Glow-in-the-dark candy is one great item to serve at your parties. Unfortunately, truly phosphorescent substances, while non-toxic, aren't classified as "food grade" by the U.S. Department of Agriculture. They aren't meant to be used in foods. So, you can't make candy that will glow in the dark on its own, as the USDA hasn't approved any phosphorescent chemicals for use in food. However, there are other methods available for making your candy appear to glow, all of which take advantage of natural chemical processes and physical laws.
Things You'll Need
- Wintergreen mints
- Sugar cubes
- White candies
- Quinine water
- Black lights
Rub together two wintergreen mint candies or sugar cubes in a dark room. These candies -- or any candy made with sugar -- will produce small blue sparks when crushed. The effect is the result of a process called Triboluminescence, which is essentially light from the friction of rubbing two special materials together. You can also chew the candy to produce the same effect, but saliva might mute the strength of the light.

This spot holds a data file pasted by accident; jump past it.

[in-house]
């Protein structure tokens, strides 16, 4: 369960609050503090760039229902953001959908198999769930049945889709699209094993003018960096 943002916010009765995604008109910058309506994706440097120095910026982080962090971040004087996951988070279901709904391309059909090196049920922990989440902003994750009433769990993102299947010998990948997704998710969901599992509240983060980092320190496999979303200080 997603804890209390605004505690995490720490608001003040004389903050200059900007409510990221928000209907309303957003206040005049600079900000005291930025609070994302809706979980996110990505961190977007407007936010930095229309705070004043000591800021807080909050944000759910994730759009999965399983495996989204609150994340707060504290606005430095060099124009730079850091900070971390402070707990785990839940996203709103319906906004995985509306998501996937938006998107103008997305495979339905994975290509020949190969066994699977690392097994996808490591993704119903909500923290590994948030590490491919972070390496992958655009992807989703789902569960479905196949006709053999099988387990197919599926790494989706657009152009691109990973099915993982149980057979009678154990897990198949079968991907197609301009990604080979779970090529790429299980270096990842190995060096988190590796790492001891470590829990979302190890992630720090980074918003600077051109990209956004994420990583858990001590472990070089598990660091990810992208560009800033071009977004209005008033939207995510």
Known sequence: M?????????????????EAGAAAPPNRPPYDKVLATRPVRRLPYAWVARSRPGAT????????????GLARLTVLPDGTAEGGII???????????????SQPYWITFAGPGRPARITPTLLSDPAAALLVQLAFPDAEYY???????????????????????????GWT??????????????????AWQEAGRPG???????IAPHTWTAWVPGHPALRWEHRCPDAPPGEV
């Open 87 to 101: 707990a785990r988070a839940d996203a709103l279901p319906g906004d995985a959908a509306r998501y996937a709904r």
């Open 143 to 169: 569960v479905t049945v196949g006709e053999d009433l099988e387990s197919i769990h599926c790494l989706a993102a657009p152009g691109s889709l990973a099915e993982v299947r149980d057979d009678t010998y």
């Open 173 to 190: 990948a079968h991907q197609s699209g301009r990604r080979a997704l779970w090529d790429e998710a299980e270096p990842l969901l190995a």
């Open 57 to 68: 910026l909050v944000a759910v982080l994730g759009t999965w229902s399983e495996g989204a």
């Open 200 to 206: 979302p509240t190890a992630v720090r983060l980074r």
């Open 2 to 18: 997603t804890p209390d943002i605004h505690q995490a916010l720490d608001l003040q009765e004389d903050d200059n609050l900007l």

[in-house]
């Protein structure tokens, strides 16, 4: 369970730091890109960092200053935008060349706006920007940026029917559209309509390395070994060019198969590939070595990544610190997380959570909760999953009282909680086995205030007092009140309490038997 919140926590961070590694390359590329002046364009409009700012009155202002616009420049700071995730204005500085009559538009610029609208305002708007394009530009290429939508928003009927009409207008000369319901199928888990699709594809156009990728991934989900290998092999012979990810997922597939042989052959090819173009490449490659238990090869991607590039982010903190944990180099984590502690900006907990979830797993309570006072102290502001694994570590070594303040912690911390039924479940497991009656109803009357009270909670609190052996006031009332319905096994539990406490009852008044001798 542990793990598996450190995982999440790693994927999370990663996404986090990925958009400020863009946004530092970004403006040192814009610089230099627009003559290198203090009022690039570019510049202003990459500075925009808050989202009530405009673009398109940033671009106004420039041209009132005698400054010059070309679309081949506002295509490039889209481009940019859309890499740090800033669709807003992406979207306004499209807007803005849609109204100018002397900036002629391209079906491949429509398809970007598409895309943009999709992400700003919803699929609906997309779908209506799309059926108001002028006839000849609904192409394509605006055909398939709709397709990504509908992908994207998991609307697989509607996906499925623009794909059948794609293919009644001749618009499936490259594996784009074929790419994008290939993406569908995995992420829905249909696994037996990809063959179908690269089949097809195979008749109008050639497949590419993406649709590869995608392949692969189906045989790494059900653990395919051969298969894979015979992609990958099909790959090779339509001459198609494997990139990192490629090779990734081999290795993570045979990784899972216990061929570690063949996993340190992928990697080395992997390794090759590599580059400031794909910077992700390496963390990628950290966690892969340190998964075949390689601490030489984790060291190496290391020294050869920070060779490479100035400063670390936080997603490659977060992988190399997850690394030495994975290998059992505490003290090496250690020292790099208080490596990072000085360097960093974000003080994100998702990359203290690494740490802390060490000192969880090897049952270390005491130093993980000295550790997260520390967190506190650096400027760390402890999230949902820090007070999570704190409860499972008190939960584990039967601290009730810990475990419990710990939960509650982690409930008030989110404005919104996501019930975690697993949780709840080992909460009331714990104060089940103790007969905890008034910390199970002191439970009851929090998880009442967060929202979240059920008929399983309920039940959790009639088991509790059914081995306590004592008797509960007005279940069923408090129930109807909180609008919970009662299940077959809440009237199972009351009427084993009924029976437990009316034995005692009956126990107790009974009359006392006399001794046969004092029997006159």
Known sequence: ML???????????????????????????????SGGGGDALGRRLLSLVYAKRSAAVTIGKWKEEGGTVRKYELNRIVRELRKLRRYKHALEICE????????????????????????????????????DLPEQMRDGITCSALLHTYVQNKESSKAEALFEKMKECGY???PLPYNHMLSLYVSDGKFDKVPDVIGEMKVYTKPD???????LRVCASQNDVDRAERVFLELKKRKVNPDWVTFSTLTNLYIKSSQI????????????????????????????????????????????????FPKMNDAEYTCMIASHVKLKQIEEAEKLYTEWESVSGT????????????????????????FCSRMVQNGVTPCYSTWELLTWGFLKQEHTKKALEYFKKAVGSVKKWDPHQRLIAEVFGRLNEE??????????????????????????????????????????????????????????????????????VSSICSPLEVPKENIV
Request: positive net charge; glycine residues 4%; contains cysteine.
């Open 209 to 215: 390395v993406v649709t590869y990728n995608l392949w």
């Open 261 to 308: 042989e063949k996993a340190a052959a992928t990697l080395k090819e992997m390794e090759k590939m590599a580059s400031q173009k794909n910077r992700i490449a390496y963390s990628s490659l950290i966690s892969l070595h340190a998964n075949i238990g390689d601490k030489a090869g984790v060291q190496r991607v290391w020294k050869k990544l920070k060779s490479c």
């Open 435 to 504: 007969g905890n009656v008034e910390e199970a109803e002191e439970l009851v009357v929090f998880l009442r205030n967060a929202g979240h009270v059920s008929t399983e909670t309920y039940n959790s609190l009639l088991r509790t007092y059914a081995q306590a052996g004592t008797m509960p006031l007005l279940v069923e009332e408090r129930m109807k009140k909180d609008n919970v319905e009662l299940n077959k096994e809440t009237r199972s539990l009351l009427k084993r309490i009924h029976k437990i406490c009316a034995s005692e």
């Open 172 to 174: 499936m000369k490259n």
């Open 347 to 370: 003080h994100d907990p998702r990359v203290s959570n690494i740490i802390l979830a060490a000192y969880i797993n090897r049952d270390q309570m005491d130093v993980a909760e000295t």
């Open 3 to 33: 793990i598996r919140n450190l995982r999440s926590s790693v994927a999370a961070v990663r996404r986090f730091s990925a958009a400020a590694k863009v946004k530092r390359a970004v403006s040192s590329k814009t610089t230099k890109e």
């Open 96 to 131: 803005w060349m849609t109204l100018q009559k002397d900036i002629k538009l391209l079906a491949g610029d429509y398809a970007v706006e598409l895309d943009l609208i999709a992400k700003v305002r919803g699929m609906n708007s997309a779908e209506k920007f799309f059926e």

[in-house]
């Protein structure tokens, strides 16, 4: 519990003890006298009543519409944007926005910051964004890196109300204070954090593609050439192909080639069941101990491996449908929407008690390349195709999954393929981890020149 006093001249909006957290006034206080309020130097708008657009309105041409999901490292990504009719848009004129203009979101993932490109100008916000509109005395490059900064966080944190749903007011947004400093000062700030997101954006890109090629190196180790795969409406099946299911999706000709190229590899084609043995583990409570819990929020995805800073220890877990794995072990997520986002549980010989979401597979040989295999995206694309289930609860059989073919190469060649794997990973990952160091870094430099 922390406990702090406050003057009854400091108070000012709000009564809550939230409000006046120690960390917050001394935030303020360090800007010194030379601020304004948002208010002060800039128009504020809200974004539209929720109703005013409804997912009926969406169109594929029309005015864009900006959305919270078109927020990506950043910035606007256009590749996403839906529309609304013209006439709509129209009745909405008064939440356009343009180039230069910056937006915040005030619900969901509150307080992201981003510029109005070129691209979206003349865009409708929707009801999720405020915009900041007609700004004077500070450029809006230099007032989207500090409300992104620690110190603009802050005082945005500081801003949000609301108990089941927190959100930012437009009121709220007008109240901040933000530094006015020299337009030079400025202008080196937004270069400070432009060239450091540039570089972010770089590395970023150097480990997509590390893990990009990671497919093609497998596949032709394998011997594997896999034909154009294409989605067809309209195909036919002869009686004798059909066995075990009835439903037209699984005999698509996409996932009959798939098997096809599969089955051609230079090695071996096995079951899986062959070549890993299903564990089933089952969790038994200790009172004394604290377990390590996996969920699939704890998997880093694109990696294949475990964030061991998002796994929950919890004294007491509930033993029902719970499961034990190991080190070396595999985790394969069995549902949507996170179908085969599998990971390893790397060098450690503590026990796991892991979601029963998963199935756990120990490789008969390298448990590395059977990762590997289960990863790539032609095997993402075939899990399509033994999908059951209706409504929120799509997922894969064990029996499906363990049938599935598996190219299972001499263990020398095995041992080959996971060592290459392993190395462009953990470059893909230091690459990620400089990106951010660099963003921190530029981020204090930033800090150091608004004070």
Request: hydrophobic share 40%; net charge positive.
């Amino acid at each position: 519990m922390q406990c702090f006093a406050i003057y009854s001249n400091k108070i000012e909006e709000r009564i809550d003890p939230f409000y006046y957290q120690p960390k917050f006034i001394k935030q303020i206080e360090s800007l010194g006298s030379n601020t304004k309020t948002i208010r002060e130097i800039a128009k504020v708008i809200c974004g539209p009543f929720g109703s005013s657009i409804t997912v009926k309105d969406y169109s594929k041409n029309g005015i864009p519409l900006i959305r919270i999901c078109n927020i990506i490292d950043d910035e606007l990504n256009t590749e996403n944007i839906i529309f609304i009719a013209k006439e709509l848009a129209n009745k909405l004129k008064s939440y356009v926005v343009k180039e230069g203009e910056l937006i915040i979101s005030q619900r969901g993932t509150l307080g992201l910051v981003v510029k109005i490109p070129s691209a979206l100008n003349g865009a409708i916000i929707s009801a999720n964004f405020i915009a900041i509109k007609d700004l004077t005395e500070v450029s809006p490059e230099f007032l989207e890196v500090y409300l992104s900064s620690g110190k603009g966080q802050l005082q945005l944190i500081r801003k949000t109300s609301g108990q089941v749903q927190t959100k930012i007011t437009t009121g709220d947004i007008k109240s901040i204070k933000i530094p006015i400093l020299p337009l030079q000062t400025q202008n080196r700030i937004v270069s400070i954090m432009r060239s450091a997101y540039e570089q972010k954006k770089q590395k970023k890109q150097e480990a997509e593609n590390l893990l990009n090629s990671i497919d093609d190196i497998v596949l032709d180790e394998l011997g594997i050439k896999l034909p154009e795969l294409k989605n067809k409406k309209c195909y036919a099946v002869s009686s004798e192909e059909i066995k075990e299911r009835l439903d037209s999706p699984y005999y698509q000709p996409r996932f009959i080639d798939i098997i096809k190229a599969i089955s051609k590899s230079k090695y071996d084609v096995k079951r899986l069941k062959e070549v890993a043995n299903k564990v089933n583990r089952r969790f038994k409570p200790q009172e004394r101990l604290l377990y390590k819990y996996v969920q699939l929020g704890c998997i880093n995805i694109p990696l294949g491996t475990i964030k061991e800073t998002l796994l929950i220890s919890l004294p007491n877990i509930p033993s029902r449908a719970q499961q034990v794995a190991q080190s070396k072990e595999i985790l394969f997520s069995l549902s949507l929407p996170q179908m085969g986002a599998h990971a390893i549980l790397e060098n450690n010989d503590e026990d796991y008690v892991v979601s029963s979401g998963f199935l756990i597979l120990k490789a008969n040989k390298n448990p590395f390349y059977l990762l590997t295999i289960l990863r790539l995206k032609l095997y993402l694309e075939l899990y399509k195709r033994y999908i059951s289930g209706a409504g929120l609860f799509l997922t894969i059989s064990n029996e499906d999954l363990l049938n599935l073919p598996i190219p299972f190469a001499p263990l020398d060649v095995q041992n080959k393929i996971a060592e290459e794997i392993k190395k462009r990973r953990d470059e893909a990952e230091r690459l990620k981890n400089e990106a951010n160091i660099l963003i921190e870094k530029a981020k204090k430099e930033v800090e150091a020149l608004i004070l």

Use tonic water in candy recipes instead of tap water. This is a good option for those using black lights. Quinine glows under black lights and will produce a glow-in-the-dark effect. Quinine is bitter and should be used only sparingly or in products that can mask the taste. It's commonly used in alcoholic drinks for this effect. Some people are also allergic to quinine. It's highly recommended that you only use this method if you are certain your guests won't have a reaction.
Serve white or neon-colored candies under black lights. Black lights produce light that isn't visible to the human eye, so a light room appears dark. When these light waves strike objects containing phosphors, the phosphors will produce visible light waves making them appear to glow. Make your own candies using white chocolate and serve them under a black light.
Tips & Warnings
- Don't use phosphorescent products in your candy. These products may or may not be toxic, depending on the type of phosphorescent chemical used.
- Photo Credit candy canes image by Warren Millar from Fotolia.com
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